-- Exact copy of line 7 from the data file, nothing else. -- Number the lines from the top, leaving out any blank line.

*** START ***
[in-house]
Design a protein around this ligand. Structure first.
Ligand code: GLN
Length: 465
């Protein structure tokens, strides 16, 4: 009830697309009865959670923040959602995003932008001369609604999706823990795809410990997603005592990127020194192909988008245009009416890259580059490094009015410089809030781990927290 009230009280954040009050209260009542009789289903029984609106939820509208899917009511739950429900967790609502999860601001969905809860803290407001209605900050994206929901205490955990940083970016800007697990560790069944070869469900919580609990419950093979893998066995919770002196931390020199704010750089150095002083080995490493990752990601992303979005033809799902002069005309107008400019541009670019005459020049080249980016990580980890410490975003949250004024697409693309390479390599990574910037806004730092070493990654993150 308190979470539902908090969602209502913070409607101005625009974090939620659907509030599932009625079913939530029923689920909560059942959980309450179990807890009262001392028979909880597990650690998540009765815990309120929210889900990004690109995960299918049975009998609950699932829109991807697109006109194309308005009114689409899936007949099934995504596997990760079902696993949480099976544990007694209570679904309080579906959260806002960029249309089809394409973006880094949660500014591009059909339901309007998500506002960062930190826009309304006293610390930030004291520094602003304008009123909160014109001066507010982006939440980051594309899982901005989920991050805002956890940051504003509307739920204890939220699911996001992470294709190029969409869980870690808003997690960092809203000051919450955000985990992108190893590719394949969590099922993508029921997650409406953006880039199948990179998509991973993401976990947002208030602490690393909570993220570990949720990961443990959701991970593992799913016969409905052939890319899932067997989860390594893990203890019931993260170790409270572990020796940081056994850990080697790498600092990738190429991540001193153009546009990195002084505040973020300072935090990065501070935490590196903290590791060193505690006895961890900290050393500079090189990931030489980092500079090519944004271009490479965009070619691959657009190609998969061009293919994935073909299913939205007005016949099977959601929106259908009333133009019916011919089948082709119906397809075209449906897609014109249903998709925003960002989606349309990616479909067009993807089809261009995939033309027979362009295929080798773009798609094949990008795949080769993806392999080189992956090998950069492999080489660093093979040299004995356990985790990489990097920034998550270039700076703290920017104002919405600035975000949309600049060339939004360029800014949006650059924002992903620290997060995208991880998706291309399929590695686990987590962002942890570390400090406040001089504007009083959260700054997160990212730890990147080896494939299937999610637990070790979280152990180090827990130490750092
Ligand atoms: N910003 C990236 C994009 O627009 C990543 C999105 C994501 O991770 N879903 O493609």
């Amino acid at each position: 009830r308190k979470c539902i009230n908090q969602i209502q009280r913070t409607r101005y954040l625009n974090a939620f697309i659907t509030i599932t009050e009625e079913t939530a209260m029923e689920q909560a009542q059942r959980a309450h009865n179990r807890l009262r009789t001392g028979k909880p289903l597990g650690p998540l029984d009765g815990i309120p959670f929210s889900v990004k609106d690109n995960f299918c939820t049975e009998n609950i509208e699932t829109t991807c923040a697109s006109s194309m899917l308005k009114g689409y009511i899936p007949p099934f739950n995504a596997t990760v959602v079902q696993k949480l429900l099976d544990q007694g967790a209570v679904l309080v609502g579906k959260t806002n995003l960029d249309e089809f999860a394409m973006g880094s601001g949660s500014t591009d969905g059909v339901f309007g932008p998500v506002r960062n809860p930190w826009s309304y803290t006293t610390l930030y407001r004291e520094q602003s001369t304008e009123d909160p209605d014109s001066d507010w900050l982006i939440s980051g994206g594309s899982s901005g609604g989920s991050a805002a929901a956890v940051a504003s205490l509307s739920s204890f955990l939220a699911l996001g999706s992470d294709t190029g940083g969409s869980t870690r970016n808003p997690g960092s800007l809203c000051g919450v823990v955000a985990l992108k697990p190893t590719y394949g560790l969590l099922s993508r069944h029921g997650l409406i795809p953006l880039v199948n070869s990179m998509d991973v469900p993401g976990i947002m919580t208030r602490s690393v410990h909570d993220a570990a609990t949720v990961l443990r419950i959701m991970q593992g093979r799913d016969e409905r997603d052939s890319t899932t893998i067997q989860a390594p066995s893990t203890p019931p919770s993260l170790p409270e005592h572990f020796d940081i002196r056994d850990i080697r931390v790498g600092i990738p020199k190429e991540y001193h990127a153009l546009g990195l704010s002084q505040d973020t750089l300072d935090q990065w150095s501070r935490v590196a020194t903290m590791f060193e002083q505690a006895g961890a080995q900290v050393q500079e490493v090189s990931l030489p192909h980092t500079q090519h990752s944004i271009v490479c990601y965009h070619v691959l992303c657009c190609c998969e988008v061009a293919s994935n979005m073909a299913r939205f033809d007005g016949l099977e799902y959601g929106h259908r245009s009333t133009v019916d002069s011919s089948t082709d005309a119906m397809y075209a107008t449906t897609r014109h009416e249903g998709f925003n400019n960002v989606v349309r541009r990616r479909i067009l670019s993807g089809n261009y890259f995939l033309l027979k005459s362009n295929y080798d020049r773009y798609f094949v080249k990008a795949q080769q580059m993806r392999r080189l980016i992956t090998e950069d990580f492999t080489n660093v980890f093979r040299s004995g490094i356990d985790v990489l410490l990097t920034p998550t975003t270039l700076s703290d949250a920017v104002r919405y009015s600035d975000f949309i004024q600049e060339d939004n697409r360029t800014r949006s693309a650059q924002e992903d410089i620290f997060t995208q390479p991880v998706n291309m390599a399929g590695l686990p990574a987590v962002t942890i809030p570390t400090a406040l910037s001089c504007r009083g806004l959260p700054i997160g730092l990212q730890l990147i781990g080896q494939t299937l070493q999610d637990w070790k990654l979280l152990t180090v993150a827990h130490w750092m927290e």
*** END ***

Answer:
């Amino acid at each position: 009830r308190k979470c539902i009230n908090q969602i209502q009280r913070t409607r101005y954040l625009n974090a939620f697309i659907t509030i599932t009050e009625e079913t939530a209260m029923e689920q909560a009542q059942r959980a309450h009865n179990r807890l009262r009789t001392g028979k909880p289903l597990g650690p998540l029984d009765g815990i309120p959670f929210s889900v990004k609106d690109n995960f299918c939820t049975e009998n609950i509208e699932t829109t991807c923040a697109s006109s194309m899917l308005k009114g689409y009511i899936p007949p099934f739950n995504a596997t990760v959602v079902q696993k949480l429900l099976d544990q007694g967790a209570v679904l309080v609502g579906k959260t806002n995003l960029d249309e089809f999860a394409m973006g880094s601001g949660s500014t591009d969905g059909v339901f309007g932008p998500v506002r960062n809860p930190w826009s309304y803290t006293t610390l930030y407001r004291e520094q602003s001369t304008e009123d909160p209605d014109s001066d507010w900050l982006i939440s980051g994206g594309s899982s901005g609604g989920s991050a805002a929901a956890v940051a504003s205490l509307s739920s204890f955990l939220a699911l996001g999706s992470d294709t190029g940083g969409s869980t870690r970016n808003p997690g960092s800007l809203c000051g919450v823990v955000a985990l992108k697990p190893t590719y394949g560790l969590l099922s993508r069944h029921g997650l409406i795809p953006l880039v199948n070869s990179m998509d991973v469900p993401g976990i947002m919580t208030r602490s690393v410990h909570d993220a570990a609990t949720v990961l443990r419950i959701m991970q593992g093979r799913d016969e409905r997603d052939s890319t899932t893998i067997q989860a390594p066995s893990t203890p019931p919770s993260l170790p409270e005592h572990f020796d940081i002196r056994d850990i080697r931390v790498g600092i990738p020199k190429e991540y001193h990127a153009l546009g990195l704010s002084q505040d973020t750089l300072d935090q990065w150095s501070r935490v590196a020194t903290m590791f060193e002083q505690a006895g961890a080995q900290v050393q500079e490493v090189s990931l030489p192909h980092t500079q090519h990752s944004i271009v490479c990601y965009h070619v691959l992303c657009c190609c998969e988008v061009a293919s994935n979005m073909a299913r939205f033809d007005g016949l099977e799902y959601g929106h259908r245009s009333t133009v019916d002069s011919s089948t082709d005309a119906m397809y075209a107008t449906t897609r014109h009416e249903g998709f925003n400019n960002v989606v349309r541009r990616r479909i067009l670019s993807g089809n261009y890259f995939l033309l027979k005459s362009n295929y080798d020049r773009y798609f094949v080249k990008a795949q080769q580059m993806r392999r080189l980016i992956t090998e950069d990580f492999t080489n660093v980890f093979r040299s004995g490094i356990d985790v990489l410490l990097t920034p998550t975003t270039l700076s703290d949250a920017v104002r919405y009015s600035d975000f949309i004024q600049e060339d939004n697409r360029t800014r949006s693309a650059q924002e992903d410089i620290f997060t995208q390479p991880v998706n291309m390599a399929g590695l686990p990574a987590v962002t942890i809030p570390t400090a406040l910037s001089c504007r009083g806004l959260p700054i997160g730092l990212q730890l990147i781990g080896q494939t299937l070493q999610d637990w070790k990654l979280l152990t180090v993150a827990h130490w750092m927290e």